• Great point, Paul. I understand now what you meant and I agree with the shared responsibility of men and women. Remember, my “tool” for helping men is simply to get a glimpse into thoughts and feelings they do not understand and continually ACT in ways that aggravate them. I love to see women doing the same type of work for themselves and their men.

            The truth as of 2013 is that there are millions of unhappy wives who empathize with the life experience of the horse in ways their men do not understand. This is predominantly a female experience. The unhappy husbands I talk to have a different experience. (see my reply to Iben) If every wedding starting with the clarity and commitment to the great words you wrote, I’d have no unhappy men to talk to. Sometimes analogies facilitate breakthroughs – but are never an attempt to pigeon-hole or minimize.

            Thanks for the comment and joining the convo.

          • Hi Paul
            You are right.

        • Hi Iben,
          In a struggling relationship, the process of developing empathy is about trying to REALLY see or feel your partner’s experience as THEY see and feel it. Using horse or dog analogies to help is not about learning to control or manipulate, but learning to communicate to them your understanding of their needs.

          Once a person can feel empathy and understand those needs, they have the choice to meet them or not. Choosing not to will usually result in a horse or dog that runs away. And sometimes, that is the very best result. There are many times when a husband or wife must decide if the needs of the other cross a non-negotiable boundary for them. They may have been your experience.

          Forgetting the extremes, the most common needs I find in unhappy husbands with unhappy wives are:
          1. She will never initiate non-sexual or sexual physical affection
          2. She will never show me the appreciation I deserve for providing for the family or for being a good father.
          3. She will never SAY things to me to show her approval and respect for how hard I work.
          4. She makes everything else in her life more important than me.

          These common unmet needs are more typically associated with dogs. Sometimes overly needy dogs. Frequent physical touch, enthusiastic appreciation, time & attention, and generous words of affirmation are low on the horse’s list. But they are good indicators for most dogs and men that life is going pretty well at home.

          The biggest problem I see is that husbands and wives have a hard time truly empathizing with each other. My comment about “belly rubs” and being told “you’re such a good boy” gets to the core of what many men are starving for. It is much different than what most of their wives are starving for. * In a struggling marriage*, women will frequently withhold giving such gifts because they are hurting for their own reasons (belittlement, disapproval, criticism, etc). The men WANT to be in a loyal, committed, mutually satisfying marriage, but are being treated like a roommate or an annoying dog in the house. The women think their men are idiots for not seeing what is so obvious to her and all of her girlfriends.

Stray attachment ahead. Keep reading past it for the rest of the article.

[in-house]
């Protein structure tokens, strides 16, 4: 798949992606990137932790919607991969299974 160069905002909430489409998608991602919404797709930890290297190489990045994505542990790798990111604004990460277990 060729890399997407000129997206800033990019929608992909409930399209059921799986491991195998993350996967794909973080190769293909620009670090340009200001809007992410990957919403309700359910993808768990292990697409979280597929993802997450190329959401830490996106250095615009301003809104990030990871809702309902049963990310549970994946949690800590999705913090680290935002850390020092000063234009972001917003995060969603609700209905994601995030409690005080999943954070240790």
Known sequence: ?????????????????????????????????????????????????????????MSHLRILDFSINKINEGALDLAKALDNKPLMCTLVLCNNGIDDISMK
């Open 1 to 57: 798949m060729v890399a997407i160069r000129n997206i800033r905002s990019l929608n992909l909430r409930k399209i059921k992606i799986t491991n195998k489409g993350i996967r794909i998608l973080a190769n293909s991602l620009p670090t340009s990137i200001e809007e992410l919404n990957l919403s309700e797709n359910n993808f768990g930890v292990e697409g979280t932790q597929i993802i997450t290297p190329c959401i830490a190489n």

Divorce is eminent if neither partner works hard to empathize and change their behavior first. As you know, I always tell the men to go first. In my opinion, a good man will go first. In good time, he has a right to expect her to go second. The alternative is a decision to do nothing or turn the horse loose and find another. This is the choice of many men. I was one. Live and learn.

          • Hi Steve

            Keep up with the good work.
            Men come to you to save their marriages,or maybe find our when enough is enough.That is a good thing.
            For me it takes a lot of trust to enter marriage and have that as project throughout life.
            I speak of trust in myself and my capacity to love through hard times. Strangly enough I feel lots of men have love enough to last a lifetime, but I doubt I have love of the kind many men wants. Writing this opens my eyes !

            If I could see men as not stuck in gender roles sexually then I see things differently.

            I am one of the horses that run away, and now I aseek information of other alternative lifestyles to fulfill my needs. We live in interesting times.